We found 19 genes mutated in at least two patients and not previously reported as mutational targets in AML. Several of these genes have been reported to be recurrently mutated in other hematologic malignancies (i.e. MYD88, STAT5A, KMT2D, NFE2; refs. 20–23), while both ATP2B2 and DRD5 are downstream targets of the leukemic KMT2A/MLLT3 fusion gene (24).
On the basis of cytogenetics and copy number alteration (CNA) analysis of exome sequencing data (25), we detected partial or complete gain/loss of chromosomes (Fig. 1B; Supplementary Table S2). Five patients (10%) acquired chromosomal alterations during disease progression. Trisomy 8 was the only recurrent chromosomal abnormality gained in 3 patients (6%) at relapse. In summary, clonal evolution, that is, gain or loss of sequence variants, cytogenetic, or copy-number changes at the time point of relapse, was observed in 47 of 50 (94%) of patients.
Evolutionary patterns are associated with time to relapse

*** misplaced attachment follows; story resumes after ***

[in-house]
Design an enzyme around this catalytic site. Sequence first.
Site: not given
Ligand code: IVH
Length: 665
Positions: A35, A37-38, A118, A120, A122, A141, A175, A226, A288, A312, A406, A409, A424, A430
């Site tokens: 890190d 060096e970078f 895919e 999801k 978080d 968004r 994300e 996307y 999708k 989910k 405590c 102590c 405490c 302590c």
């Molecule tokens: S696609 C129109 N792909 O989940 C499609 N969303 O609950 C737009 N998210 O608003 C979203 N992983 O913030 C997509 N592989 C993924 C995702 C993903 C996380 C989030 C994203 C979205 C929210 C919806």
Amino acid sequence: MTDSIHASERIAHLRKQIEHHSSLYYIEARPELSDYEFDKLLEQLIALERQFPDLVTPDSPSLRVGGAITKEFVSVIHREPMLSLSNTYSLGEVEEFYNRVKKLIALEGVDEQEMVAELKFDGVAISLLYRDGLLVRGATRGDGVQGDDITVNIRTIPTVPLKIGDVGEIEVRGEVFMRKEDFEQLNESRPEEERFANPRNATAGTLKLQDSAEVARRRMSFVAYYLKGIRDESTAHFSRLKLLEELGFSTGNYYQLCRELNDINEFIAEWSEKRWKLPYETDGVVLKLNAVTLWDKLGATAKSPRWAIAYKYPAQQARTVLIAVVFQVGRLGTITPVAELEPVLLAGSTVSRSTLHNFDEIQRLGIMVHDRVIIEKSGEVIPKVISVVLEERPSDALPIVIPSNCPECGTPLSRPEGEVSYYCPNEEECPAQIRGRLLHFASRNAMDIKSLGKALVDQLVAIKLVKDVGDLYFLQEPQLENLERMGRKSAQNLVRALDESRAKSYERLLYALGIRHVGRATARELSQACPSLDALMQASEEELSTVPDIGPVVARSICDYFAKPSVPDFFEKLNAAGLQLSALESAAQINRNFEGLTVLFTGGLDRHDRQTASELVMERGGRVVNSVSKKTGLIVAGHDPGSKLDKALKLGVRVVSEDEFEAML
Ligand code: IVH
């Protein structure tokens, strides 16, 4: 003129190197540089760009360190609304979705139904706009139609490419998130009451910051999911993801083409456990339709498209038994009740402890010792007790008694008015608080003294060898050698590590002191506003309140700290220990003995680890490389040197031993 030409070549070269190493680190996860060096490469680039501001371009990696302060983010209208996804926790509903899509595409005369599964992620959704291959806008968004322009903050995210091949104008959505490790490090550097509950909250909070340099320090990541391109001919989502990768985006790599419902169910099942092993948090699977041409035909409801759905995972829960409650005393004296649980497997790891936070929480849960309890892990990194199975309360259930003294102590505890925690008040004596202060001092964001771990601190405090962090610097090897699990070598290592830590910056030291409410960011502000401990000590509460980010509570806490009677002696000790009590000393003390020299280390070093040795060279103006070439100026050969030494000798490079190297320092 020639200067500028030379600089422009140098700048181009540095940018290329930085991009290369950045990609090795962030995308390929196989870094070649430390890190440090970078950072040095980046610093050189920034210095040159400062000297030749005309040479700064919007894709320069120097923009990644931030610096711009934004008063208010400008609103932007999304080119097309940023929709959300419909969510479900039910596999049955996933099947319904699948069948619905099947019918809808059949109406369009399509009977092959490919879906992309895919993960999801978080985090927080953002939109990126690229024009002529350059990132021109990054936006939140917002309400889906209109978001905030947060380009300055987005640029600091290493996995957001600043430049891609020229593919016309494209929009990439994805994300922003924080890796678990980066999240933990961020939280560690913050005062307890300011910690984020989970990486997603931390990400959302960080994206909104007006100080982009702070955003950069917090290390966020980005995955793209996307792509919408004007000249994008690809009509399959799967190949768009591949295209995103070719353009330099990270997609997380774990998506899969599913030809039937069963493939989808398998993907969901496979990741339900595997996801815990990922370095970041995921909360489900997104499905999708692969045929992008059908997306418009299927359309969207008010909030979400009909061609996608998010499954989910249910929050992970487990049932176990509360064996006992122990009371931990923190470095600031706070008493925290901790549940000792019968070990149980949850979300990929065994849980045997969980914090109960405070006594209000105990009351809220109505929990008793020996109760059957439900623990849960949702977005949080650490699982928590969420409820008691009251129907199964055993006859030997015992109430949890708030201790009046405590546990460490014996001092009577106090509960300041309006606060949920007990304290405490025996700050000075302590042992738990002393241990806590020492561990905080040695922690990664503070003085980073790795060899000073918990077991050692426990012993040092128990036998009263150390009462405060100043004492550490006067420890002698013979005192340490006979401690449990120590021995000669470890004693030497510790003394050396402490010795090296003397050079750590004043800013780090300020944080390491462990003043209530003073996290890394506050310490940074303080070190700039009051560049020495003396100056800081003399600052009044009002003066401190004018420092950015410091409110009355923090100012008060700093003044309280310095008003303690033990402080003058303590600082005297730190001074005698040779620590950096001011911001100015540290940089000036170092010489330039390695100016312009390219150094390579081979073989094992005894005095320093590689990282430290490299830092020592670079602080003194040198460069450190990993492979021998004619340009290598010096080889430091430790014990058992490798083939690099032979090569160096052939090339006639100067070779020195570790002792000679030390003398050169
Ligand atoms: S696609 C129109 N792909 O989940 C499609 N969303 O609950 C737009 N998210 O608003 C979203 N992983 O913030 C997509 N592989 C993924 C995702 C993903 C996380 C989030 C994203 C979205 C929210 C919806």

From diagnosis to relapse we observed distinct mutational patterns in the individual patients defined by overall stability, gain, loss or both gain and loss of genetic lesions (Fig. 2A–C; Supplementary Figs. S2 and S3). This analysis included sequence variants as well as cytogenetic changes or CNAs (hereafter referred to as “mutations”). On the basis of these mutational patterns, patients were classified into the following subgroups: (i) patients with an identical mutation profile at diagnosis and at relapse (“stable”, n = 3, 6%), (ii) patients who gained mutations at relapse (“stable + gain”, n = 24, 48%), (iii) patients that lost mutations at relapse (“stable + loss”, n = 8, 16%), and (iv) patients with both gain and loss of mutations at relapse (“mixed”, n = 15, 30%). Individual genes altered in several patients also tended to follow a particular pattern regarding the stability of their somatic lesions over time (Fig. 1B; Supplementary Fig. S4). The time from remission to relapse is an important clinical indicator of disease aggressiveness. Patients relapsing within the first 6 months have a poor prognosis in terms of response to salvage therapy and overall survival compared to patients with a later relapse (26).